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The Second World War: shaping the cultural, economic, and political lives of women and African-Americans - Essay Example

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The Second World War represents a pivotal period in the history of African-Americans and women, as it saw the status of these two groups change drastically. Prior to the Second World War, women and African-Americans were the most underrepresented groups of American citizens…
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The Second World War: shaping the cultural, economic, and political lives of women and African-Americans
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The Second World War: shaping the cultural, economic, and political lives of women and African-Americans

Download file to see previous pages... The emergence of a “consumer republic” led to the alteration of political and social statuses in both the public and private sphere. In order for America to finance the war, there was need to exercise a lot of caution in domestic spending patterns. Consequently, various controls had to be instituted to help regulate prices. As a result of these controls, all Americans were required to adhere to certain price regulatory measures that were neither gender nor racially discriminative. These measures, coupled with other cultural and political factors ended up favoring women and African Americans, causing them to attain equality with other Americans.
Starting from the progressive era to the end of the Second World War, women and African-Americans were unable to take part in political policies concerning equality. However, with a majority of the men joining the army and leaving the country, opportunities that had, hitherto, been denied to women came up and the women embraced them. Women joined the working force, thus shifting from their traditional roles as homemakers to chief providers for their families. In Cohen’s opinion, joining the workforce and becoming family providers was a reinforcement of the gender roles traditionally played by women (83). Most of these women either joined in the war or got employed as clerks or shop floor attendants. These jobs were traditionally held by men, thus the Second World War brought about a cultural shift in the lives of all Americans. Consequently, women were able to find some sort of financial independence from men, the latter who had customarily been the sole providers for their families....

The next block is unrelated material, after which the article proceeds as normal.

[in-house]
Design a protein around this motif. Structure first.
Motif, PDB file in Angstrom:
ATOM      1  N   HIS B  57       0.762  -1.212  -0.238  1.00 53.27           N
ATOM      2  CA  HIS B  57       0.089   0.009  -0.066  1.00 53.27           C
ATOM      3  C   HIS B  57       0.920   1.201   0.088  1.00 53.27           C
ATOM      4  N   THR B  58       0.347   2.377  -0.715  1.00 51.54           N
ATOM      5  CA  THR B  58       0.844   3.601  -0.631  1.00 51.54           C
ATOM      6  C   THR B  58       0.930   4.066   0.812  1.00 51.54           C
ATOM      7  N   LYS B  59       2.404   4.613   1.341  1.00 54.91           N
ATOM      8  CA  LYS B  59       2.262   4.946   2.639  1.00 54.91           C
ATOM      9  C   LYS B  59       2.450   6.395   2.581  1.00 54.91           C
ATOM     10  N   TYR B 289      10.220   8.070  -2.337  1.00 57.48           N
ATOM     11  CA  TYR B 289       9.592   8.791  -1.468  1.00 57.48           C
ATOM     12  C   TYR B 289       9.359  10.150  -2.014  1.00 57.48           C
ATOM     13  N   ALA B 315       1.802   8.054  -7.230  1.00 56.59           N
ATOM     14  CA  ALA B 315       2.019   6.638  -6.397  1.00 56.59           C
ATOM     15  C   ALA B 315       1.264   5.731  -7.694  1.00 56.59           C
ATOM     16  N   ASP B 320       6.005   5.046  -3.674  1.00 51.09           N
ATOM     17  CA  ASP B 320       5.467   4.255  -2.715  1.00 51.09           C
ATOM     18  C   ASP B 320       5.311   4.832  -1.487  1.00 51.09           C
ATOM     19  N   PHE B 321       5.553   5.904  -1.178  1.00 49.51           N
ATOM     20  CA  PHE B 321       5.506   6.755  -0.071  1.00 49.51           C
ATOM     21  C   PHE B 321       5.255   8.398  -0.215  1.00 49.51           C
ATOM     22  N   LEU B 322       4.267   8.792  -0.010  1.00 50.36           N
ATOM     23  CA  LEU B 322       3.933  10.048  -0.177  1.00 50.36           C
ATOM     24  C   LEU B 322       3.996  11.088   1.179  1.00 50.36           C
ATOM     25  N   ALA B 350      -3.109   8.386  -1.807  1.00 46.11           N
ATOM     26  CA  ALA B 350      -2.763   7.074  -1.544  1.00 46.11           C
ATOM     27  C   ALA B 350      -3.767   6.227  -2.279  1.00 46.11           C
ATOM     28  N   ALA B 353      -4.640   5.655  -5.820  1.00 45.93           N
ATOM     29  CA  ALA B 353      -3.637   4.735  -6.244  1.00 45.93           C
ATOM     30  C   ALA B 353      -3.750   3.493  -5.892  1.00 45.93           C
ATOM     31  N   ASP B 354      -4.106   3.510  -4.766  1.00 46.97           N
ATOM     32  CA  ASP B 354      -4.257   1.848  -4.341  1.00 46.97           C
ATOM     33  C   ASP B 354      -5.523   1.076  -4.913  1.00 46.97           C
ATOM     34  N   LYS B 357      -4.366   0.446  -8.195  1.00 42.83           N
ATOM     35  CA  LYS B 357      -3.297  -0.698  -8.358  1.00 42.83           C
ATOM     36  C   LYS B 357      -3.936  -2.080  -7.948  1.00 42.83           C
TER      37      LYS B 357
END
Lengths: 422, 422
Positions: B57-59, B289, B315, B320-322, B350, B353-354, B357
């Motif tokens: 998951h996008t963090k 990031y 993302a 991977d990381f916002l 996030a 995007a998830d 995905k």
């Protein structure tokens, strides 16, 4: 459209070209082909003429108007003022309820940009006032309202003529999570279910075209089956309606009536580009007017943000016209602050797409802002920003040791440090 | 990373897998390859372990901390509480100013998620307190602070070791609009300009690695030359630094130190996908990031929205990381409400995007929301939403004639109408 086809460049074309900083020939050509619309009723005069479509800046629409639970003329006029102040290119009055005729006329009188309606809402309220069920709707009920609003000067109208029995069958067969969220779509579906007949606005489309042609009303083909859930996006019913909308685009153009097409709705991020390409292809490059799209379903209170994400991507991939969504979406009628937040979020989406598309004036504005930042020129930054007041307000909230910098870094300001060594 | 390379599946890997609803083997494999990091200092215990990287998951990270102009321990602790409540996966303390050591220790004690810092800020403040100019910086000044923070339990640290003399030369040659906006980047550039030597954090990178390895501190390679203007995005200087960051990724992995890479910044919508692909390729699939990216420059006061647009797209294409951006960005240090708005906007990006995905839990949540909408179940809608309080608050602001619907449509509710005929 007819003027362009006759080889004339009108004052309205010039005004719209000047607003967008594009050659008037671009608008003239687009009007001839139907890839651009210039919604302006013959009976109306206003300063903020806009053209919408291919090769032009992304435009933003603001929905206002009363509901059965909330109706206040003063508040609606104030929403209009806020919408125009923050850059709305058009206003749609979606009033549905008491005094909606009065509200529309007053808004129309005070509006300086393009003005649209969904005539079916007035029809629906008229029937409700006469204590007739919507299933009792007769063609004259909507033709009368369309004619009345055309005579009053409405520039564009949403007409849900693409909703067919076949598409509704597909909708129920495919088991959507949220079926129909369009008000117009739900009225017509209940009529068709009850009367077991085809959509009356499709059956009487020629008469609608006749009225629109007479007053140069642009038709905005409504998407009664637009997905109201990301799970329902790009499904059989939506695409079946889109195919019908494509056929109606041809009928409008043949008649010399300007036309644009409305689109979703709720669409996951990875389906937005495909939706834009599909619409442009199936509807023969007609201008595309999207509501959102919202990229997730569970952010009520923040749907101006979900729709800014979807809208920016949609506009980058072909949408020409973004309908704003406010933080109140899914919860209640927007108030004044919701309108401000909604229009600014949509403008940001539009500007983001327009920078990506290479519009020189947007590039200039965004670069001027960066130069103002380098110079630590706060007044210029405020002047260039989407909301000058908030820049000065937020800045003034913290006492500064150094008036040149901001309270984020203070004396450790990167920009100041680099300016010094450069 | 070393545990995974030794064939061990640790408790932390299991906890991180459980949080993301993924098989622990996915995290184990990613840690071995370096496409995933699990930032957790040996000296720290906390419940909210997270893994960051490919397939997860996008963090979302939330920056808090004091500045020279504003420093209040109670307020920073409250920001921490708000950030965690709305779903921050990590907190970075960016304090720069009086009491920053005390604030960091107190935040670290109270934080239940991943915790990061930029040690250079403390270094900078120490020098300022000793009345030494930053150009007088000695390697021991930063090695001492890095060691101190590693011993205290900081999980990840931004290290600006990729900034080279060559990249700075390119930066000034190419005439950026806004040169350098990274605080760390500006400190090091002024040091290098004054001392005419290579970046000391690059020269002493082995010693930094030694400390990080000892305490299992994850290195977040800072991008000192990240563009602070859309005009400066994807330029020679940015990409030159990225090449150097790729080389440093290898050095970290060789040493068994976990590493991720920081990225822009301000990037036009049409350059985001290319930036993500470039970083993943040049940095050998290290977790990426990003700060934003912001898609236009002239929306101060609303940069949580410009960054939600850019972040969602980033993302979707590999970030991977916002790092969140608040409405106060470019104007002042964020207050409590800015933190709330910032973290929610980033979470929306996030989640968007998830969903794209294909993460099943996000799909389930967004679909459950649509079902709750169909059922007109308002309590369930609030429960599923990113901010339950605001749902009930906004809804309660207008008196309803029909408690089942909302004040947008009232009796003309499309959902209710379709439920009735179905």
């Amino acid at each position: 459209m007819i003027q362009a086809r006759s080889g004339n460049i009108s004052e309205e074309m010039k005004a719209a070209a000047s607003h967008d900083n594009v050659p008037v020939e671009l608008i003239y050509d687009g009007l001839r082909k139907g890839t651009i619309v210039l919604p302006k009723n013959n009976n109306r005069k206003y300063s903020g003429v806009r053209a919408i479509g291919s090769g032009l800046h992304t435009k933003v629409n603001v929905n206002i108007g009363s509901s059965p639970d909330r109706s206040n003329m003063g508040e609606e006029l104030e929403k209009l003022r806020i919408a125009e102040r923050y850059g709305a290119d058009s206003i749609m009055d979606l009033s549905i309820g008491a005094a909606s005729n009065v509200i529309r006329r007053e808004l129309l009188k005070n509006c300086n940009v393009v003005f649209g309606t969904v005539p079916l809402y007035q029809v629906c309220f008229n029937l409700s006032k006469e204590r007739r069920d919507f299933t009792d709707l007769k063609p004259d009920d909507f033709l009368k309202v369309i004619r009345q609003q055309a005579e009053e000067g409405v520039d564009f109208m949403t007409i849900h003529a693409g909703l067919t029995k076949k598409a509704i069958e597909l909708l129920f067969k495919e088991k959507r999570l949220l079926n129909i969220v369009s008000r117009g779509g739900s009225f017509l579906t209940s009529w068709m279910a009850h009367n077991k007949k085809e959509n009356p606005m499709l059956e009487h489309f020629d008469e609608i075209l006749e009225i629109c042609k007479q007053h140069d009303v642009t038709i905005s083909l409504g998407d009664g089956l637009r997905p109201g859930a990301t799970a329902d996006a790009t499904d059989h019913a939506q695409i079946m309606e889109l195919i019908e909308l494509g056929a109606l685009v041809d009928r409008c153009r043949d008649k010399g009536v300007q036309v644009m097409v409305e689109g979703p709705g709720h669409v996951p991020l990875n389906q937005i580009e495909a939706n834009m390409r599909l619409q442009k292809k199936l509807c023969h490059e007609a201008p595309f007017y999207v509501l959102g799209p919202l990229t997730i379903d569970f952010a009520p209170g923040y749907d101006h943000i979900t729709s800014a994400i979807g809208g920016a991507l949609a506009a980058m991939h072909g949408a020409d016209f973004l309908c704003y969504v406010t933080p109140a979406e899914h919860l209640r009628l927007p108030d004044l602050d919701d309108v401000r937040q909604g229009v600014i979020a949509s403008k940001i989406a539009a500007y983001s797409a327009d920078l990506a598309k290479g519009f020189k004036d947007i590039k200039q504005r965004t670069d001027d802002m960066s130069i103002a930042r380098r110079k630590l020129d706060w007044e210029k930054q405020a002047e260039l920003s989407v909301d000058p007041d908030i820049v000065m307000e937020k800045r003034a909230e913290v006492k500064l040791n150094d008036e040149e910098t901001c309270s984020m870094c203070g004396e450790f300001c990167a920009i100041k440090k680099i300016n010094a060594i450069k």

This new found liberation gave women the spirit to form movements and lobby groups to champion for gender equality. As a result, Cohen writes that women were encouraged, in their traditional role as consumers, to be the pillars behind good citizenship and responsible consumerism (77-83). The consumer republic was born during and in the aftermath of the Second World War when Americans learnt that responsible consumerism was the only way to survive the effects of the war. Despite being discriminated against, African-Americans and women groups actively participated in issues concerning consumerism and the price of commodities. Women and African-Americans fought to keep the prices from sky-rocketing during the war. As for the African Americans, their main concern was being charged inflated prices by some racist merchants. On the other hand, responsible consumerism meant that women entered the public scene and became the chief consumers, and engaged in labor. As a result, women and African-Americans formed advocacy groups to address consumer issues. Prior to the war, the opinions of women never counted, until Uncle Sam asked for their opinion concerning the shortages caused by the war and the depression. This is because the customary role of women was to manage households, thus they knew more about the pricing of basic commodities than the men. If America was to survive economically after the war, then women had to be actively involved in the production of commodities and in the management of consumerism. In order to achieve this, as Cohen states, tasks that had traditionally been viewed as private became common practice in the public arena (67). Particularly, the role of women shifted from ...Download file to see next pagesRead More
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